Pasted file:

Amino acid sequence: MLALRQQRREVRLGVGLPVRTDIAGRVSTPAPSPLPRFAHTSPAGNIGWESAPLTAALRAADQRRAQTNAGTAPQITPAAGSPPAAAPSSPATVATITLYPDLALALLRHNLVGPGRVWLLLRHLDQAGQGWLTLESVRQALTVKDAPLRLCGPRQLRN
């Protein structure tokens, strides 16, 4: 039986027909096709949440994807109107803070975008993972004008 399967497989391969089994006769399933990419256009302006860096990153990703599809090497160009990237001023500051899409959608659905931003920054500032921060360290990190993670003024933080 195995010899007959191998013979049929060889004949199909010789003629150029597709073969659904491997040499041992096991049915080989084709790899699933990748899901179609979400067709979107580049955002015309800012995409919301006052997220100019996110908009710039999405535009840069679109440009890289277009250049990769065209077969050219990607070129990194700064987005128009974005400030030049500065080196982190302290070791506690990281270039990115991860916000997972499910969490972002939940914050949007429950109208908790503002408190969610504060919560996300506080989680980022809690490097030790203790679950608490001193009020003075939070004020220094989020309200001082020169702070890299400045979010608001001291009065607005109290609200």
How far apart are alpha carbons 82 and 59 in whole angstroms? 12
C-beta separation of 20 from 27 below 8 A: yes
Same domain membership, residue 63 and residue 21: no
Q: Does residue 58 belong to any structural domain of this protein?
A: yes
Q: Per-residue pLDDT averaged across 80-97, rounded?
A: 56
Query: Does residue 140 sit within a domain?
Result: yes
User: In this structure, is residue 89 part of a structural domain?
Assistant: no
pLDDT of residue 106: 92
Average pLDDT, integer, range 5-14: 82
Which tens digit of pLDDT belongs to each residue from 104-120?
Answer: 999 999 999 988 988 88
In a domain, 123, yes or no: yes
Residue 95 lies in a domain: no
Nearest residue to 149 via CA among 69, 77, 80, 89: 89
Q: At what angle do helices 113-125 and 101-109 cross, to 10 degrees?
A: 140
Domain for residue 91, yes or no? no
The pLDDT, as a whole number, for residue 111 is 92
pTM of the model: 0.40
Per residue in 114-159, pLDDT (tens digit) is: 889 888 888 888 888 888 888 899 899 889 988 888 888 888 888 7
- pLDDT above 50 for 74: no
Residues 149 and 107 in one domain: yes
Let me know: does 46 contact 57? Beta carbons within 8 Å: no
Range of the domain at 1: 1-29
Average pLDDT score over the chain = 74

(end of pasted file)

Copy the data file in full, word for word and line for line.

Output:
Amino acid sequence: MLALRQQRREVRLGVGLPVRTDIAGRVSTPAPSPLPRFAHTSPAGNIGWESAPLTAALRAADQRRAQTNAGTAPQITPAAGSPPAAAPSSPATVATITLYPDLALALLRHNLVGPGRVWLLLRHLDQAGQGWLTLESVRQALTVKDAPLRLCGPRQLRN
């Protein structure tokens, strides 16, 4: 039986027909096709949440994807109107803070975008993972004008 399967497989391969089994006769399933990419256009302006860096990153990703599809090497160009990237001023500051899409959608659905931003920054500032921060360290990190993670003024933080 195995010899007959191998013979049929060889004949199909010789003629150029597709073969659904491997040499041992096991049915080989084709790899699933990748899901179609979400067709979107580049955002015309800012995409919301006052997220100019996110908009710039999405535009840069679109440009890289277009250049990769065209077969050219990607070129990194700064987005128009974005400030030049500065080196982190302290070791506690990281270039990115991860916000997972499910969490972002939940914050949007429950109208908790503002408190969610504060919560996300506080989680980022809690490097030790203790679950608490001193009020003075939070004020220094989020309200001082020169702070890299400045979010608001001291009065607005109290609200």
How far apart are alpha carbons 82 and 59 in whole angstroms? 12
C-beta separation of 20 from 27 below 8 A: yes
Same domain membership, residue 63 and residue 21: no
Q: Does residue 58 belong to any structural domain of this protein?
A: yes
Q: Per-residue pLDDT averaged across 80-97, rounded?
A: 56
Query: Does residue 140 sit within a domain?
Result: yes
User: In this structure, is residue 89 part of a structural domain?
Assistant: no
pLDDT of residue 106: 92
Average pLDDT, integer, range 5-14: 82
Which tens digit of pLDDT belongs to each residue from 104-120?
Answer: 999 999 999 988 988 88
In a domain, 123, yes or no: yes
Residue 95 lies in a domain: no
Nearest residue to 149 via CA among 69, 77, 80, 89: 89
Q: At what angle do helices 113-125 and 101-109 cross, to 10 degrees?
A: 140
Domain for residue 91, yes or no? no
The pLDDT, as a whole number, for residue 111 is 92
pTM of the model: 0.40
Per residue in 114-159, pLDDT (tens digit) is: 889 888 888 888 888 888 888 899 899 889 988 888 888 888 888 7
- pLDDT above 50 for 74: no
Residues 149 and 107 in one domain: yes
Let me know: does 46 contact 57? Beta carbons within 8 Å: no
Range of the domain at 1: 1-29
Average pLDDT score over the chain = 74